Two years into the pandemic, organizations need to accept that it’s time to ditch temporary solutions and invest in digital collaboration tools that actively generate value. And that means going beyond ad-hoc upgrades that support one team or a specific process.
Everything is connected. And as such, improving collaboration needs to happen on a holistic level that considers the impact on all stakeholders from IT and the C-suite to every member of every department to your clients and your clients’ clients.
Put another way, collaboration initiatives should center around empowering all stakeholder groups to communicate seamlessly and achieve critical objectives.
Below, we look at how firms can use technology to redefine how they engage, collaborate, and stay aligned around shared goals.
Enabling Collaboration That Supports Strategic Goals
Internally, enabling collaboration is about removing barriers to critical data, files, and institutional knowledge, and embedding critical tools into the flow of daily work.
You’ll want to make it as easy as possible for users to access data, locate files, and communicate with clients and colleagues without the disruption of switching between apps and screens. That might mean developing self-service resources that help users find answers to their own questions (like the Power Apps Newsfeed we use internally), easily log hours and expenses, or automating manual processes like approval flows.
Keep in mind, however, that driving these improvements means performing a comprehensive audit of your entire system – and all of the processes within it – and using end-user feedback to identify and improve them.
It’s also important to coordinate information flows across the distributed workforce. One of the biggest pitfalls of remote work is that it can exacerbate issues caused by data silos and limited access to resources.
You might embrace a hybrid approach — combining accessible real-time communication (meetings, chats, video calls) with asynchronous communication (detailed documentation, email recaps. etc.).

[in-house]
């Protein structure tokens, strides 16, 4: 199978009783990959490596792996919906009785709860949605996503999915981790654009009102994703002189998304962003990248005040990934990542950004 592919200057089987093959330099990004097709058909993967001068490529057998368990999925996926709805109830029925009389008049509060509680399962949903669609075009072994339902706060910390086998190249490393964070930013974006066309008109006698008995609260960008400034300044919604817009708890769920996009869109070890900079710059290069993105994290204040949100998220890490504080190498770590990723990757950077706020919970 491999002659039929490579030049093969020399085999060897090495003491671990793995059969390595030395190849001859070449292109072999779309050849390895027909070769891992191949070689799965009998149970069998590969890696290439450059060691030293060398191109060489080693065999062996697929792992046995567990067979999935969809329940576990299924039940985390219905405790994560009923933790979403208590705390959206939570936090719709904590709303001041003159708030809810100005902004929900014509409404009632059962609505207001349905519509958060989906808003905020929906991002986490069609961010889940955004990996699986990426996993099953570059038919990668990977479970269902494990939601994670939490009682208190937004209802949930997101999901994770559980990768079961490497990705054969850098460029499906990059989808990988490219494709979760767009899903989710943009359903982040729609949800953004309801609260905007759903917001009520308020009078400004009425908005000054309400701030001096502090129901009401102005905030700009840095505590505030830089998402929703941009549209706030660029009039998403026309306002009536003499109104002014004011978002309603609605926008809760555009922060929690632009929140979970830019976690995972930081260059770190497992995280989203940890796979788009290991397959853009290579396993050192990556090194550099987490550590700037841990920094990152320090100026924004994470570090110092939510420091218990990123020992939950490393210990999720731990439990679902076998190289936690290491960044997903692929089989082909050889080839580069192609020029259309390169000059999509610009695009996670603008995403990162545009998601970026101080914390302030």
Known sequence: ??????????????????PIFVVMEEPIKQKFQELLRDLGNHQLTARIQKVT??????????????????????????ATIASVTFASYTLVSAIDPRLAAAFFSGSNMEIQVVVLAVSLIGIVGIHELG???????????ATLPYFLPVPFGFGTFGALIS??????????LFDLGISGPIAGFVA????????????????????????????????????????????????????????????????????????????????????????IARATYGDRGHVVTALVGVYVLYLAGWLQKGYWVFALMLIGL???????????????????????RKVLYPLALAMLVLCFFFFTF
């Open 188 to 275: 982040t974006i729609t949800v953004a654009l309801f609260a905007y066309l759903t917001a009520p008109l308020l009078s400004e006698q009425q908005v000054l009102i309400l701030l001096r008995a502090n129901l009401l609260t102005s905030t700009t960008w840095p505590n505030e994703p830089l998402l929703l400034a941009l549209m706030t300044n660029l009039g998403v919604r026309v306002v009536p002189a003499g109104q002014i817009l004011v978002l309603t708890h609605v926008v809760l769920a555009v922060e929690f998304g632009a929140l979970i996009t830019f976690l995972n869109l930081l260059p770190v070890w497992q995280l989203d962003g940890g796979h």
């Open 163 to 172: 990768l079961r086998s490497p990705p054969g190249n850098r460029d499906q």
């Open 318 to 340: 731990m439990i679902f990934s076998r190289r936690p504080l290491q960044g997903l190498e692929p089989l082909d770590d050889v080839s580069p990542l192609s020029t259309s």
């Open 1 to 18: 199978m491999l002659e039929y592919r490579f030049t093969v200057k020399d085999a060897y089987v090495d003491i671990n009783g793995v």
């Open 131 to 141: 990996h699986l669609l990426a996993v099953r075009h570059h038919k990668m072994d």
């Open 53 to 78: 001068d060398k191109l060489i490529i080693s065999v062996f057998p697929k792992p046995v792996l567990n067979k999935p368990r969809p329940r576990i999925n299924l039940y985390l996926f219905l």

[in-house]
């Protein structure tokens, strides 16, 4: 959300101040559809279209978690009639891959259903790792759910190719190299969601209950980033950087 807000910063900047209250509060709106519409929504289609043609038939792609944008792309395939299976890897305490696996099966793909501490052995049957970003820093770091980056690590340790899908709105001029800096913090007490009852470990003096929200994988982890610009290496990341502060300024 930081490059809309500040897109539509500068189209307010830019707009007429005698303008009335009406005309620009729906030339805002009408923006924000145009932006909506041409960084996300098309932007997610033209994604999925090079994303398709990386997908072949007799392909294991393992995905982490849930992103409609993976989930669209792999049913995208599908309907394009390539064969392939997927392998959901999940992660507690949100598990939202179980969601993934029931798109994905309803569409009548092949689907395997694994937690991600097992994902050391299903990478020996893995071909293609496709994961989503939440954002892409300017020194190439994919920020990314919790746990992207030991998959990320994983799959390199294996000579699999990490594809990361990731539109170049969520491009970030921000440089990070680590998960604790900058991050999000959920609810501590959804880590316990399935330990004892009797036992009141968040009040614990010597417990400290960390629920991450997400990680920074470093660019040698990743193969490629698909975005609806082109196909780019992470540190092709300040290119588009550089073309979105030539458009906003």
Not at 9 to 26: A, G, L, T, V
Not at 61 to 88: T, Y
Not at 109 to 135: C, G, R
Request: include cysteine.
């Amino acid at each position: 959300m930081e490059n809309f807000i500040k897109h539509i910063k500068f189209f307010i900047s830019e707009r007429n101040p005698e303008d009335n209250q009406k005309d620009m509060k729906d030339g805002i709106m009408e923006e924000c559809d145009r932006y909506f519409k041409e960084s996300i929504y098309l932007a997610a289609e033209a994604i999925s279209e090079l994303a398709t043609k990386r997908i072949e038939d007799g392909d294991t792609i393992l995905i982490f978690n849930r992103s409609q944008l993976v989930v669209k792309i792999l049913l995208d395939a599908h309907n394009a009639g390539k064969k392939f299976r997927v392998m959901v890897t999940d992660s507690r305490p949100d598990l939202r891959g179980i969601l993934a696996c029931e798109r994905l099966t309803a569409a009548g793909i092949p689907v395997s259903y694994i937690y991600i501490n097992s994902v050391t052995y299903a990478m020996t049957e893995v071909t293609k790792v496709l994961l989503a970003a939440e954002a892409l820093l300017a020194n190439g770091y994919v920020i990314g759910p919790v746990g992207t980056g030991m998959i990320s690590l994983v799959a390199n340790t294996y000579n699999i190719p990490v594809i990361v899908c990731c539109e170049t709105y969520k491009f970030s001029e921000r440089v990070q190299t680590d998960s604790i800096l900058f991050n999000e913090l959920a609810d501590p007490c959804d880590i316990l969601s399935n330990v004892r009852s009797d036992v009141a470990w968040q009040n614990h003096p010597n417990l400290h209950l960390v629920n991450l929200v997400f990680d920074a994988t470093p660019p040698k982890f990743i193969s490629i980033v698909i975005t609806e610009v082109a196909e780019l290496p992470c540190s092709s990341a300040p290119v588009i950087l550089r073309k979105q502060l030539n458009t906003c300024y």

A recent article from Futurum Research points out that there’s a lot of work that goes into curating “organic” virtual experiences that we don’t necessarily think about when we’re planning to meet in-person.
While the article centers around designing experiences for the metaverse, the advice applies across all virtual interactions — be it a webinar, an AR product demo, a virtual training, or a remote sales presentation. Essentially, someone needs to be working behind the scenes to orchestrate seamless interactions. Think — grouping participants into different breakout rooms or providing clear instructions for speaking, asking questions, or muting their mics. The article also suggests taking a page out of the Web 1.0 playbook, installing a chatroom-style moderator who can guide the conversation and field questions.
Deloitte did something similar in an effort to “elevate the human experience” for three main groups: its talent, its clients, and its clients’ customers. The consulting firm built a dedicated “digital dream team” responsible for gathering data they could use to drive actions that would improve the employee experience and in turn, help them deliver better outcomes for clients. The “dream team” worked behind the scenes to provide more educational opportunities, elevate the voices of junior employees, and develop more transparent communications.
Enabling external collaboration with clients is often trickier – and with much higher stakes.
Because profitability literally hinges effective communication and interpersonal relationships, supporting fluid communication — regardless of channel — is an urgent priority for service-based firms. Fluidity happens organically in face-to-face settings due to cues like body language and eye contact— whereas virtual interactions are harder to navigate because those cues don’t quite translate on-screen. So, again, you’ll need to think about how to orchestrate smooth interactions.
It’s easy to get distracted by all the new collaboration tools just coming onto the scene. But – collaboration is ultimately about making things easier for end-users – whether that’s sales, finance, or your clients and partners on the outside. The tech itself is only an enabler. As such, it’s important to first define your objectives, gather feedback from actual end-users, and put together a plan before investing in a bunch of whiteboard apps and VR headsets no one will use.
Velosio’s Microsoft experts have decades of experience working with professional services firms of all shapes and sizes. Contact us today to learn more about our industry-specific solutions and how they enable better collaboration — on your terms.